In an evening of back-to-back concerts recently, the Bavarian Radio Symphony Orchestra played music that asks the big questions: Is there a God? What are we to make of war and death? How do we perceive the world around us?
But perhaps the biggest question was the one raised by the concerts themselves: What will the future of this orchestra look like under its new chief conductor, Simon Rattle?
These livestreamed performances, along with a third last Friday — all available on demand from BR-Klassik — were his first with this ensemble since he was named to the post in January. And while they offered glimpses of the Rattle era to come in 2023, they more urgently provided an assurance that this excellent orchestra, previously led by Mariss Jansons until his death in 2019, will be in good hands.
The news of Rattle’s hiring came with an announcement that shocked the classical music world: He would also be stepping down from the helm of the London Symphony Orchestra, where his arrival in 2017 had been heralded as a homecoming for a globally acclaimed British conductor. (He will stay on, partially, in an emeritus position.)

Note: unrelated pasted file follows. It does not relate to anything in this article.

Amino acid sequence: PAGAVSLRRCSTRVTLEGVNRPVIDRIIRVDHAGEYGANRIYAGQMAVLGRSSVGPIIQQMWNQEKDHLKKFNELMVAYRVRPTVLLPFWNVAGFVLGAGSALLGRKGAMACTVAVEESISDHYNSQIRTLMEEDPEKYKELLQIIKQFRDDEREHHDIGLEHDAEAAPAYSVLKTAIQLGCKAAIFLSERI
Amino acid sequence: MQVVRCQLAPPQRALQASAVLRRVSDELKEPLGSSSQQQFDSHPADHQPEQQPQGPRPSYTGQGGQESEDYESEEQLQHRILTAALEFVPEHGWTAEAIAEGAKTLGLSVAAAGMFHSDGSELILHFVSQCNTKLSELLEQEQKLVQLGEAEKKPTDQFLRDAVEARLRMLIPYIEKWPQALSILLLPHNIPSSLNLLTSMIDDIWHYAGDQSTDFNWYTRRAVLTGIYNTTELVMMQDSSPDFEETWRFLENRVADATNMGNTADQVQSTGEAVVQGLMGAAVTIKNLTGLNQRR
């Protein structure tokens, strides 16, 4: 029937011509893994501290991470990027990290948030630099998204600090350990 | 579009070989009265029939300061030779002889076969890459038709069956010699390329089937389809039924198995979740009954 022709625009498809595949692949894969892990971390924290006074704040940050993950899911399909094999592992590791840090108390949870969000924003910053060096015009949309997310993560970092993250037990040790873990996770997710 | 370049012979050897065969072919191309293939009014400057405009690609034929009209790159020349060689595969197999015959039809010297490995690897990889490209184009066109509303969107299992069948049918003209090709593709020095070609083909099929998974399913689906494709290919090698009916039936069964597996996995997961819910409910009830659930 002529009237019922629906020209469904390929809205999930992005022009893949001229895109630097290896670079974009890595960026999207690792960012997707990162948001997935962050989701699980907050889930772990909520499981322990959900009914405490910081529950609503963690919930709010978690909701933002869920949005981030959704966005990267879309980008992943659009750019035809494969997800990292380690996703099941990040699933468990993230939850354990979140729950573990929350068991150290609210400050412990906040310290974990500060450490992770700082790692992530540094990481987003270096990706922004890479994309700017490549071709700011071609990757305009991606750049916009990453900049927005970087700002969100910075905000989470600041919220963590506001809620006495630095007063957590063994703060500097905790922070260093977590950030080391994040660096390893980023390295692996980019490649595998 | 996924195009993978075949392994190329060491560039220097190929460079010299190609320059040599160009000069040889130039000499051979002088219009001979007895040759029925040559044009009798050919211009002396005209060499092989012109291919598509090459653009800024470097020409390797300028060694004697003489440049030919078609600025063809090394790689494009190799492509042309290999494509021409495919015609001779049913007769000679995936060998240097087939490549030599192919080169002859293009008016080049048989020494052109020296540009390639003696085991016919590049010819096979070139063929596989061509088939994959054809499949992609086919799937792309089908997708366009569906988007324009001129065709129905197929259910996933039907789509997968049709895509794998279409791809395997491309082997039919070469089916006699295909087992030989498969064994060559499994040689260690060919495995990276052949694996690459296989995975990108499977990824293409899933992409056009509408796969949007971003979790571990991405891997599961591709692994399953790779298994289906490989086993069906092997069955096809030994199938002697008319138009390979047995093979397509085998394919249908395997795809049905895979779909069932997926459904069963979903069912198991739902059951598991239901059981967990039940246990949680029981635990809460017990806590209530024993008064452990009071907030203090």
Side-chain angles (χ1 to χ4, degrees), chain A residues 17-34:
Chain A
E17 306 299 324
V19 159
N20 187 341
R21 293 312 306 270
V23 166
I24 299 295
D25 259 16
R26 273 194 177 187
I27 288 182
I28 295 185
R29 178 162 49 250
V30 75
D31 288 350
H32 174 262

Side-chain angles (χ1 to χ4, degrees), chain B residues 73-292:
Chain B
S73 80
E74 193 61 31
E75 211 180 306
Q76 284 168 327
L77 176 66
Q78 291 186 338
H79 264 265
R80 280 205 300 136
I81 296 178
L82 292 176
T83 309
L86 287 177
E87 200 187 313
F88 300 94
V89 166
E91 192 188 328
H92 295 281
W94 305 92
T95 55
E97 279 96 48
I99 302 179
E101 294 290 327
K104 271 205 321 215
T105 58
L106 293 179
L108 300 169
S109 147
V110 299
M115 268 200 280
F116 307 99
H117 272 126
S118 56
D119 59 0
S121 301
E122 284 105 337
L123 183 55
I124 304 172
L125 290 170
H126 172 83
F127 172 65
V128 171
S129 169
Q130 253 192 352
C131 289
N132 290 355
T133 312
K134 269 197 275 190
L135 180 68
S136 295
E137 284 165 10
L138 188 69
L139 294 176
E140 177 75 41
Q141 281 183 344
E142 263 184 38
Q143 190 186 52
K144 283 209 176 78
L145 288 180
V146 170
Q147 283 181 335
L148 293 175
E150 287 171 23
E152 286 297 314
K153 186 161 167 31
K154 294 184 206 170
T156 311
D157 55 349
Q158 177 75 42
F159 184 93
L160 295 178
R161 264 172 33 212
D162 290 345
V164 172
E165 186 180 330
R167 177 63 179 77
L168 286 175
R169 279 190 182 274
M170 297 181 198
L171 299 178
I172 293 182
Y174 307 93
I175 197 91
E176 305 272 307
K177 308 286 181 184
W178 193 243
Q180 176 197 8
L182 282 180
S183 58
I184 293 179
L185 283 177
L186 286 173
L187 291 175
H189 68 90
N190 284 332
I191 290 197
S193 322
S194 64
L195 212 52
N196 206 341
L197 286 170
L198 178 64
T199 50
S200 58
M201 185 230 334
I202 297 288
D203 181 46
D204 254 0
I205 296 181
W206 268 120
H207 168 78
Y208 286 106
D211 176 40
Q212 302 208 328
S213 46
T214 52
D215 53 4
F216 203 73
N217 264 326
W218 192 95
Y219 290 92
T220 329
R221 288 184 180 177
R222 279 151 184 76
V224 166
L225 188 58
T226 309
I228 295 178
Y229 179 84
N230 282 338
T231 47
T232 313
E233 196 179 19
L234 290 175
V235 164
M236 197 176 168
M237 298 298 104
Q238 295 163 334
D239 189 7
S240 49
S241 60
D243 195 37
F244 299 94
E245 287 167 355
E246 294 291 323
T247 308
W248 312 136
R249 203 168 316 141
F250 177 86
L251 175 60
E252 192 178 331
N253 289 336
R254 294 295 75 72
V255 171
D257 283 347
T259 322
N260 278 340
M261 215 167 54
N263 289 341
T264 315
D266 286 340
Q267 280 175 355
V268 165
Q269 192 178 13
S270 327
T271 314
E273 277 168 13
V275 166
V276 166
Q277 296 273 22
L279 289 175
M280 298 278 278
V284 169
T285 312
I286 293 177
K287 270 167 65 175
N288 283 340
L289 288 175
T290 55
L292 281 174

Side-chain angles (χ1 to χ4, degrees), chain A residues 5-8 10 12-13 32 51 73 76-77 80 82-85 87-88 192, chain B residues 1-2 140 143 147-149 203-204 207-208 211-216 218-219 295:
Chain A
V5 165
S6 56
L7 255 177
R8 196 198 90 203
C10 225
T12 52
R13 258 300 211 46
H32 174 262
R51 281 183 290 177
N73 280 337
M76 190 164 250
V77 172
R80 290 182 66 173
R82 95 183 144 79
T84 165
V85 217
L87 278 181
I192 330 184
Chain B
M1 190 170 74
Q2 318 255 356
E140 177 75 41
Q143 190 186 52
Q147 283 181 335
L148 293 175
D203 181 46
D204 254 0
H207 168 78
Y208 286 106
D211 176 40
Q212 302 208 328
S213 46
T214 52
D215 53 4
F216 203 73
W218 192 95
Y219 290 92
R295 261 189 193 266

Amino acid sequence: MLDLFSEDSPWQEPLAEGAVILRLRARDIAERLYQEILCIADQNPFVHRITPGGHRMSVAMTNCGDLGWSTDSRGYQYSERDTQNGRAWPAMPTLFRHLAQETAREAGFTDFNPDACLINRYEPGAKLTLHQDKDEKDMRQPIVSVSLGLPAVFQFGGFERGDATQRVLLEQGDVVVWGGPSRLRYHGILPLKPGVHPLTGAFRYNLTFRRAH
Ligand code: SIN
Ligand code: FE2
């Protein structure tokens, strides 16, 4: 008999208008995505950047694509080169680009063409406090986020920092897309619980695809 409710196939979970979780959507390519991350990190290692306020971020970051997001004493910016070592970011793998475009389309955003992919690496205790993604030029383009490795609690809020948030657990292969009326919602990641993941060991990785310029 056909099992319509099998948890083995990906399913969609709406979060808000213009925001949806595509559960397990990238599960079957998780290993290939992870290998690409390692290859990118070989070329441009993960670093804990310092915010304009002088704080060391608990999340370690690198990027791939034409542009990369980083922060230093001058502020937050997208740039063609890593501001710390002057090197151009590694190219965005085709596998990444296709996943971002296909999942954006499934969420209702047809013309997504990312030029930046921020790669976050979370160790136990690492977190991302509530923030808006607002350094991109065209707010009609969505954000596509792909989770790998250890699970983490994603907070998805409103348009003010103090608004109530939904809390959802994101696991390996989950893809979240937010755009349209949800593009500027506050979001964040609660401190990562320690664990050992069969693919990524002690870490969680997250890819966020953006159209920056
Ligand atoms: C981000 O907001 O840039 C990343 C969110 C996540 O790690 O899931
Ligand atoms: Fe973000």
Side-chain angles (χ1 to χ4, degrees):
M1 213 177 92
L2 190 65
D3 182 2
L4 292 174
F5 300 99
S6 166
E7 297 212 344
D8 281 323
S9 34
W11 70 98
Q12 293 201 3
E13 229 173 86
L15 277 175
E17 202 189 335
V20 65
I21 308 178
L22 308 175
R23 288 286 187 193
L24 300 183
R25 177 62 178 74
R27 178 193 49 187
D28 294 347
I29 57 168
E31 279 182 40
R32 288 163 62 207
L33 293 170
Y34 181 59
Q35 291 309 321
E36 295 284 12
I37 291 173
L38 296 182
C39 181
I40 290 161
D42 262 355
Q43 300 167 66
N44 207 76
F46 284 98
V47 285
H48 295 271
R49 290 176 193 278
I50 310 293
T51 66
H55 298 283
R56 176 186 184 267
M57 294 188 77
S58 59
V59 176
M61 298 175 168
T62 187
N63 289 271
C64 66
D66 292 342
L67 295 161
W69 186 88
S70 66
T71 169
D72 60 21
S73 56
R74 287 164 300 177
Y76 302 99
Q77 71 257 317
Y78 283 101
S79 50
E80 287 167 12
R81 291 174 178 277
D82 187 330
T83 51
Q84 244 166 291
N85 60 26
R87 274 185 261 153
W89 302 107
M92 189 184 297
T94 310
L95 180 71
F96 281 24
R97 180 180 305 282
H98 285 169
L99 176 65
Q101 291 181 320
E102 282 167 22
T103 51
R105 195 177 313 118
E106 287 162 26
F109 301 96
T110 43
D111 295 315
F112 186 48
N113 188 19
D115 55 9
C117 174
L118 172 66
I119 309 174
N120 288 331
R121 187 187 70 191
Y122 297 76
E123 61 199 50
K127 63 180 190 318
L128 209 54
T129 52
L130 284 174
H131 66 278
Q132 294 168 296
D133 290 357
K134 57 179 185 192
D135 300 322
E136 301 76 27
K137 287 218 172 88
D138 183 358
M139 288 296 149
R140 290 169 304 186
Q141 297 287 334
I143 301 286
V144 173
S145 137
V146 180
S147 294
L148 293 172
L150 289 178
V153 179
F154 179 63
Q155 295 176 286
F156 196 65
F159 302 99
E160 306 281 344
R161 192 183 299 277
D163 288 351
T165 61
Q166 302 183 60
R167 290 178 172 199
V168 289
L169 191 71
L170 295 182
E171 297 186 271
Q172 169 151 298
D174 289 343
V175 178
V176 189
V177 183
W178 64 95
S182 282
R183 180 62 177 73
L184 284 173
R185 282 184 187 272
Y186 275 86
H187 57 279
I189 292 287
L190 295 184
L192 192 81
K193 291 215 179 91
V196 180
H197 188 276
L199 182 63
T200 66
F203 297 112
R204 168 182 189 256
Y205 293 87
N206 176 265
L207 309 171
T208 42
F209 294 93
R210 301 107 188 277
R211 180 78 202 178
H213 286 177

The reason for the move to Munich, Rattle has said, is personal: He wants to spend more time with his wife, the mezzo-soprano Magdalena Kozena, and their children, at home in Berlin, where he was the chief conductor of the Berlin Philharmonic from 2002 to 2018. But it’s difficult to ignore the coincidence of Brexit, which he has sharply criticized and which took effect in January, threatening the livelihoods of British musicians who had benefited from the ease of open borders. (Not for nothing did he also announce that he had applied for European citizenship.) And it’s maybe not so coincidental that last month, London officials scrapped plans for a much-needed new concert hall there — a project with no greater champion than Rattle.
The construction of a new hall, and the headaches that go with it, await him in Germany. But, like the start of his tenure with the Bavarian Radio Symphony Orchestra, that is years away. In the meantime, there was something of a preview in the three recent livestreams — contemporary-minded programs for the Musica Viva series, and a deceptively traditional one of works by Brahms, Stravinsky and Haydn. Rattle is a clever programmer, with an open ear and an unrelenting commitment to living composers. And he has a gift for, even an insistence on, clarity within chromaticism and complexity.